Balancing conversation and reporting is another issue. In platforms like Asana, comments can either facilitate discussions or become a space for making decisions. In our case, conversations about tasks happen in Slack channels related to the project, while the decisions and actionable steps are recorded as comments in the Asana task.
Integrating task management tools like Asana into communication platforms like Slack can be challenging but beneficial. You need to be clear about where conversations and decisions take place. For example, any decision made during a discussion in Slack can be added to the relevant task in Asana for clarity and documentation.
Take a simple workflow:
- The project lead assigns a task.
- The team member then devises a strategy for execution.
- If needed, support is brought in.
- Once the task is complete, the lead reviews and marks it as done.
Visualizing this workflow on a Kanban board, such as in Asana or Trello, helps track the stages of a task – whether it’s due, in progress, ready for review, or completed. Again, the choice of tool is totally up to you!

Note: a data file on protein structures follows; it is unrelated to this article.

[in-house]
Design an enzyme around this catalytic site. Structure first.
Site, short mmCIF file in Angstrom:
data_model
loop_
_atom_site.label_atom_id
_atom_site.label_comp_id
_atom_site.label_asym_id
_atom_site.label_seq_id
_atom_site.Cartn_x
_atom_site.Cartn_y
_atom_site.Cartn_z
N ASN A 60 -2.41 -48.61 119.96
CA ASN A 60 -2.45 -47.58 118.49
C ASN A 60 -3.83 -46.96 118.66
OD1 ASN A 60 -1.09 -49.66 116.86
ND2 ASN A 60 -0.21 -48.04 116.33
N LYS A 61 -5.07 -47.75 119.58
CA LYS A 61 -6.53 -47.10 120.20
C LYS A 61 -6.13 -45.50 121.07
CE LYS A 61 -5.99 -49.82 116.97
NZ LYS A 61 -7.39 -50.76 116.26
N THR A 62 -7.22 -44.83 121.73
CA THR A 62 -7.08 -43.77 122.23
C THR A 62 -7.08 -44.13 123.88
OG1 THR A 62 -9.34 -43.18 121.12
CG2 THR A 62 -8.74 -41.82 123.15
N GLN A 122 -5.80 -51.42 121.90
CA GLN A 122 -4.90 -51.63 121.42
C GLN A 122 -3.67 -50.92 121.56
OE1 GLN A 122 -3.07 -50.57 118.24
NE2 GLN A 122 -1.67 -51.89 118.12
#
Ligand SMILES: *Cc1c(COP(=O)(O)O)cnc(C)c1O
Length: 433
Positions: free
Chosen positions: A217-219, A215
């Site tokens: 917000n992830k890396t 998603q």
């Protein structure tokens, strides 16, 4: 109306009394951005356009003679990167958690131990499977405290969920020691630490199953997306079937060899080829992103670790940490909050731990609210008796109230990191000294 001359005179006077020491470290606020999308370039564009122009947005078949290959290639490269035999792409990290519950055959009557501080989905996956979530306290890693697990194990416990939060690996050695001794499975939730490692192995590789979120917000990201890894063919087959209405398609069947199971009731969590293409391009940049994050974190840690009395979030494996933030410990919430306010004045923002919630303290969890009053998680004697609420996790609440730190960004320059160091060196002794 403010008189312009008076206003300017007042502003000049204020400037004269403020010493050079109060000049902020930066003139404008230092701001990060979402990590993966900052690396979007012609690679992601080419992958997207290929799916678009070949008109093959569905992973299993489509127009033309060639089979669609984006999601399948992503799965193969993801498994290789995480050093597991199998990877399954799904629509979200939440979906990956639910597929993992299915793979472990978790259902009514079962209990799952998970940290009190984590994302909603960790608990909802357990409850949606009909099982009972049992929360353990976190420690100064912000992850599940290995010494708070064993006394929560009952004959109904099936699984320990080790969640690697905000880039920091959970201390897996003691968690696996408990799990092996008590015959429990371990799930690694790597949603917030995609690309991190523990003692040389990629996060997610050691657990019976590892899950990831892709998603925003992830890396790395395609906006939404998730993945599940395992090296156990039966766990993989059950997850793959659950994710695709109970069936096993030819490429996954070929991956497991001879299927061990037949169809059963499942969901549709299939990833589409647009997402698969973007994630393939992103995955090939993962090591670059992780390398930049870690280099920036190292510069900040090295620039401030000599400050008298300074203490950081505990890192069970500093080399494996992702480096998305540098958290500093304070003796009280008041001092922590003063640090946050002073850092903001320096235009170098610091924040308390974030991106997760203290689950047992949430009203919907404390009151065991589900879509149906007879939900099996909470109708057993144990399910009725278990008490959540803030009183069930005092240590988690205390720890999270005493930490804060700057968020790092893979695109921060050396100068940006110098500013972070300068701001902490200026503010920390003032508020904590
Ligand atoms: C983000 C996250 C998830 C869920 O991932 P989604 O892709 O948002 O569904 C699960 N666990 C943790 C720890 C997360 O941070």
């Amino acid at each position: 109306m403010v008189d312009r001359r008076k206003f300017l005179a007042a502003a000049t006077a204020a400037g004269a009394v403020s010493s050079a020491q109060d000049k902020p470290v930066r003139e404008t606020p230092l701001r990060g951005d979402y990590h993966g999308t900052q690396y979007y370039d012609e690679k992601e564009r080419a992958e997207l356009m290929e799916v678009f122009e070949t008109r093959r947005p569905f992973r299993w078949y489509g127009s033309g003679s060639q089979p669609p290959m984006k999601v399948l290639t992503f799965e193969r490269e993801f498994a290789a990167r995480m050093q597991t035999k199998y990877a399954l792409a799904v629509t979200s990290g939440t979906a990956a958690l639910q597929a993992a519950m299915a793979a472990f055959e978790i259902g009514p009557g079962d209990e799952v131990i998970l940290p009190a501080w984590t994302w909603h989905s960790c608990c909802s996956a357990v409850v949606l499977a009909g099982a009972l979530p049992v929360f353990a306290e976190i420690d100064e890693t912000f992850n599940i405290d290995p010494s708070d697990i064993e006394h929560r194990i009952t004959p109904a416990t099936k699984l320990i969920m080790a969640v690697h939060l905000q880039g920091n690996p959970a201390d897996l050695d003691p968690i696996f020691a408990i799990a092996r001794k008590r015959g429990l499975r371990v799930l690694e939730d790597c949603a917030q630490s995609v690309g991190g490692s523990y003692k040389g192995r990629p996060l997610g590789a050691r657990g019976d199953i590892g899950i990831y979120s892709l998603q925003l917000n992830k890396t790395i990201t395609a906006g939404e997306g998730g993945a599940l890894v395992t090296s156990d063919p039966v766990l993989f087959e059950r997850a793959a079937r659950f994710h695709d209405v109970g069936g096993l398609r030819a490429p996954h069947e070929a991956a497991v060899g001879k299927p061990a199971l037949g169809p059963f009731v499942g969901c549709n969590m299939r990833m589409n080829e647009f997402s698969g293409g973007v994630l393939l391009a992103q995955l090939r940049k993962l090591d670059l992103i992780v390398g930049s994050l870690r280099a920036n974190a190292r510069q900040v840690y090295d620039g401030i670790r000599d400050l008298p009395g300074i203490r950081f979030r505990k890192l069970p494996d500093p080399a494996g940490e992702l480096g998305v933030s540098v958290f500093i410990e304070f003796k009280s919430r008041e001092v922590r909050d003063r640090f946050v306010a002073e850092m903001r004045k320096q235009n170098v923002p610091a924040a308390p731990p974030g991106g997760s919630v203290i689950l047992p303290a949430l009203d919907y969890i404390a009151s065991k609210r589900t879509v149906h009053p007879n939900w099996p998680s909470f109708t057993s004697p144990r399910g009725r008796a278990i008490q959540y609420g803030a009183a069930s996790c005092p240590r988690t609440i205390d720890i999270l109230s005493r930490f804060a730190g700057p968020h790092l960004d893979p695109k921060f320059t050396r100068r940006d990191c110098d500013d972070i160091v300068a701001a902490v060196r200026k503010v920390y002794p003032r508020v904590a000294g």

In our approach, before marking a task as complete, the lead and team discuss the tasks and necessary communication channels. This ensures everyone understands the workflow. The lead then reports on the outcomes according to the set schedule. This is our specific structure, but you can adapt it to fit your own needs. Carefully consider how you incorporate these things into your structure – don’t just insert a tool or process all willy-nilly!